The five great "discourses" that appear in the first part of Acts are very significant. There the disciples are forced to explain the meaning of the death of Jesus Christ. Peter, on the day of Pentecost, applies some verses from Psalm 16 (15): "Thou shalt not forsake my soul in hells nor let thy Holy One see corruption." (Acts 2:17). In addition, from 110: "Sit at my right hand, until I make your enemies your footstool."which the Lord himself had used (Mk 12:36) and which Christians relate from the beginning to the prophecy of Daniel (7:13) and the ascension of Christ to glory (to the right hand of the Father).
In the temple, Peter preaches: "God has fulfilled what He foretold by the mouth of the prophets, that His Christ would suffer. Repent therefore and be converted so that your sins may be blotted out." (Acts 3:18). And, by the way, he then recalls the prophet promised by Moses. And before the Sanhedrin, which calls them to ask for explanations, he uses Psalm 118: "The stone rejected by architects is now the cornerstone."which the Lord himself had used (cf. Lk 20:17). And, on being freed, he recalls Psalm 2: "Princes have allied themselves against the Lord and against his Christ." (Acts 4:26). Again before the Sanhedrin, he declares: "Him God exalted at His right hand as Prince and Savior, to grant forgiveness of sins to Israel." (Acts 5:31). When Stephen was led to martyrdom, he recalled the prophecy of Moses ("a prophet like me") and go to Christ "standing at the right hand of God." (Acts 7:55).
The exegesis made by the Baptist
Here, on the other hand, the words of the Baptist at the beginning of the Gospel of St. John converge. "He saw Jesus coming toward him and said, 'Behold the Lamb of God who takes away the sin of the world.'". And after testifying to the manifestation of the Holy Spirit on Jesus at the moment of Baptism, the text continues: "The next day John was there again with two of his disciples. And noticing Jesus passing by, he said, 'Behold, the Lamb of God!' The two disciples heard him speak this way and followed Jesus." (1, 35-37). They were John and Andrew, who then sought out his brother Peter and said to him: "We have found the Messiah." (1,41).
It is interesting to note that John unites from the beginning the figure of Jesus of Nazareth as Messiah with that of the Lamb of God who takes away the sin of the world. Twice he attributes to Jesus to be the "Lamb of God."This image, apart from the Apocalypse (where it is used 24 times), does not appear explicitly in other texts. Although St. John assimilates Christ to the Paschal Lamb, when already dead, they do not break his legs. "that the Scripture might be fulfilled which says they shall not break any of his bones." (Jn 19:36; Ps 34:21, Ex 12:46; Num 9:12). It was forbidden to break the bones of the Passover lamb. And the evangelists emphasize that Christ dies "at the hour of nona".Friday, when the Passover lambs were sacrificed, after exclaiming: "My God, my God, why have you forsaken me?"The beginning of Psalm 22 (23) and expression of the persecuted righteous.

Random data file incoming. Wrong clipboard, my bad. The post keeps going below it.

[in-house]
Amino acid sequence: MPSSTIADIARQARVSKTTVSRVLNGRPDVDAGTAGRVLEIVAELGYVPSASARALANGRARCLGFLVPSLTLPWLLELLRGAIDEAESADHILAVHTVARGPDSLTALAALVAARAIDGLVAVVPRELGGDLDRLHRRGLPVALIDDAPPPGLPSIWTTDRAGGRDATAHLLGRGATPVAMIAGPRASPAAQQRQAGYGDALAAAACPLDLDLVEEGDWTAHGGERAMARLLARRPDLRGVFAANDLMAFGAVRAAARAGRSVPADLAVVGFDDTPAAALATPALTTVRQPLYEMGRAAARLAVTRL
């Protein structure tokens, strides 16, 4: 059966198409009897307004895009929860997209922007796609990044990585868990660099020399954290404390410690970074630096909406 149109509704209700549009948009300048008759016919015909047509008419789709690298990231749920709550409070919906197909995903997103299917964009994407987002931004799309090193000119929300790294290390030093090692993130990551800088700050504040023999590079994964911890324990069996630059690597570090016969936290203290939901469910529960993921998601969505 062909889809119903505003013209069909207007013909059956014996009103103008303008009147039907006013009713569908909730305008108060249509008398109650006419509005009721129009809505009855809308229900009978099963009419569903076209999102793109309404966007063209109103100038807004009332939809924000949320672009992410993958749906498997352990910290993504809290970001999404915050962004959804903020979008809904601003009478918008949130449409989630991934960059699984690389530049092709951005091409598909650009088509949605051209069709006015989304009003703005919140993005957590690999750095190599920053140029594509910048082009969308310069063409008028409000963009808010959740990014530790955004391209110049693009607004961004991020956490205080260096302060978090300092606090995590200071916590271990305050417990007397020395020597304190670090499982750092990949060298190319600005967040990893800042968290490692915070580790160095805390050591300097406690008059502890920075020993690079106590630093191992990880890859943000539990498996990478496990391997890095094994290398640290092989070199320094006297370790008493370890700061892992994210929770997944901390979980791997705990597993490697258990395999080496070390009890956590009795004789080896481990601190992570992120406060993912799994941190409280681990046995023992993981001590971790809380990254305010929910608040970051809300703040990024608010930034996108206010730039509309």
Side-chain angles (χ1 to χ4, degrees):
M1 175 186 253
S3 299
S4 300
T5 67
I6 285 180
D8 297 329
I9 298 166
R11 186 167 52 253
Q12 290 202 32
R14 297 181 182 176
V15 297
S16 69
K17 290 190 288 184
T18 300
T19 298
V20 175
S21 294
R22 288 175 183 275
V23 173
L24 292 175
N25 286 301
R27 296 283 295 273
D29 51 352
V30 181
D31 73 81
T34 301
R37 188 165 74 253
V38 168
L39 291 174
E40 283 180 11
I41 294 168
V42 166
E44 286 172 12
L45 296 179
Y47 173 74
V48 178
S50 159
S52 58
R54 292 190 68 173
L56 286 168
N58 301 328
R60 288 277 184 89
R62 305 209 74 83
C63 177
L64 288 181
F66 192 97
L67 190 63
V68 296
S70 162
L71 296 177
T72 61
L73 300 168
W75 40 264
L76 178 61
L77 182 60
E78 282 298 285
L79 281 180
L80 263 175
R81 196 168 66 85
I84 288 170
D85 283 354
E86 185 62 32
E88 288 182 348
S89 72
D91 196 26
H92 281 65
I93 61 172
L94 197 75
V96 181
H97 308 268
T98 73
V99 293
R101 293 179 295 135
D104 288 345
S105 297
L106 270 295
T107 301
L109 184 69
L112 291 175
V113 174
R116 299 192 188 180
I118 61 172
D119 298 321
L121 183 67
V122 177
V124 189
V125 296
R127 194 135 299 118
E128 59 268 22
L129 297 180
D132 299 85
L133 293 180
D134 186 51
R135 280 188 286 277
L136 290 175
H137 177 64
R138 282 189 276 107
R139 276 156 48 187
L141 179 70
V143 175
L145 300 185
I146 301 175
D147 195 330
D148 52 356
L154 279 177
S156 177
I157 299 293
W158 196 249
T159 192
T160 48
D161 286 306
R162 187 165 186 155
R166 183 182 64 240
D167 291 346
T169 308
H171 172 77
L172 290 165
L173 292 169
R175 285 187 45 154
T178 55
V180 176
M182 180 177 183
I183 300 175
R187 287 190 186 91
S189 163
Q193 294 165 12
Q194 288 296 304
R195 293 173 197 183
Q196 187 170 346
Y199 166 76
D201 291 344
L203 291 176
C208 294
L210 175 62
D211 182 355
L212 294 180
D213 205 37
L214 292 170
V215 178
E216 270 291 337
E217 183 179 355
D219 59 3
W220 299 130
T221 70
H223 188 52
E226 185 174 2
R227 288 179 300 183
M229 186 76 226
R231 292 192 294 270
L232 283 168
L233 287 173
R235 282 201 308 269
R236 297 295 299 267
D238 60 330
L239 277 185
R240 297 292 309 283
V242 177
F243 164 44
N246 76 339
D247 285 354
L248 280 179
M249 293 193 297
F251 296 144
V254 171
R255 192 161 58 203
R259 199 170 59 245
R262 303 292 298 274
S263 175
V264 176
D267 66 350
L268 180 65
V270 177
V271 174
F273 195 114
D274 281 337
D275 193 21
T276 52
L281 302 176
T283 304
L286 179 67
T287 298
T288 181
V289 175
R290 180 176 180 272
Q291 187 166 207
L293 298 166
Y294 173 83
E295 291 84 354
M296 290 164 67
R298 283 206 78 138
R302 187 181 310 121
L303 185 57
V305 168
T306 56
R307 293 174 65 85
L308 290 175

We owe to the Protestant exegete Joachim Jeremiah the observation that Ratzinger makes in his Jesus of Nazareth (volume II, chapter 1): "Jeremiah calls attention to the fact that the Hebrew word. talja means lamb as well as servant or servant". (in ThWNT I, 343), thus linking the two things we have been talking about.
The Letter to the Hebrews and the Apocalypse
The meaning of Christ's death synthesizes the figure of the persecuted and suffering Servant for his fidelity to God with the paschal and sacrificial aspect linked to the lamb. And it has a magnificent liturgical expansion, both in the Letter to the Hebrews and in the Apocalypse. In the Letter to the Hebrews, the sacrificial meaning of the death of Christ, the sacrifice of the New Covenant, made with the Holy Spirit, is magnificently explained; while the Apocalypse underlines the cosmic dimension of this offering of Christ the Lamb celebrated in Heaven.
The Letter to the Hebrews reasons "biblically" with these elements. In it is very important the memory of Melchizedek, priest of the Most High God, but not a Levite nor of the house of Aaron, like the Jewish priests of the Old Testament. Hence the importance of Psalm 110 (109), applied to Christ: "Thou art an eternal priest according to the rite of Melchizedek."The sin that is the great sin of God's rejection becomes, through Christ's faithfulness, the Christian sacrifice. What is the great sin of the rejection of God becomes, through Christ's faithfulness, the Christian sacrifice. Thus, the death of Christ is the Christian offering and sacrifice that is the founder of the New Covenant. All that the sacrifices could mean of recognition, offering and covenant with God receives a maximum realization in the sacrifice of Christ. "He performed it once and for all by offering himself." (7, 27). "This is the main point of what we have been saying, that we have such a high priest, who is seated at the right hand of the throne of the Majesty of heaven". (8, 1-2).
And in the Apocalypse: "You were slain and purchased for God with your blood men of every race, tongue, people and nation; and you have made of them for our God a kingdom of priests." (Rev 5:10); "These follow the lamb wherever it goes and have been ransomed among men as firstfruits to God." (Rev 14:4).
This gives a new dimension to salvation, to God's forgiveness and to the establishment of the Kingdom. The Kingdom of God will not be established politically or militarily, but through the sacrifice of Christ who implores and obtains God's forgiveness ("forgive them, for they know not what they do.") and through the mystical application, first moral and then physical, of Christ's resurrection. Thus the Kingdom of God grows in this world, awaiting the final resurrection. This is the way of the real renewal of persons, which allows us to pass from the old man, the inheritance of Adam, to the new man, in Christ, as St. Paul summarizes for his part.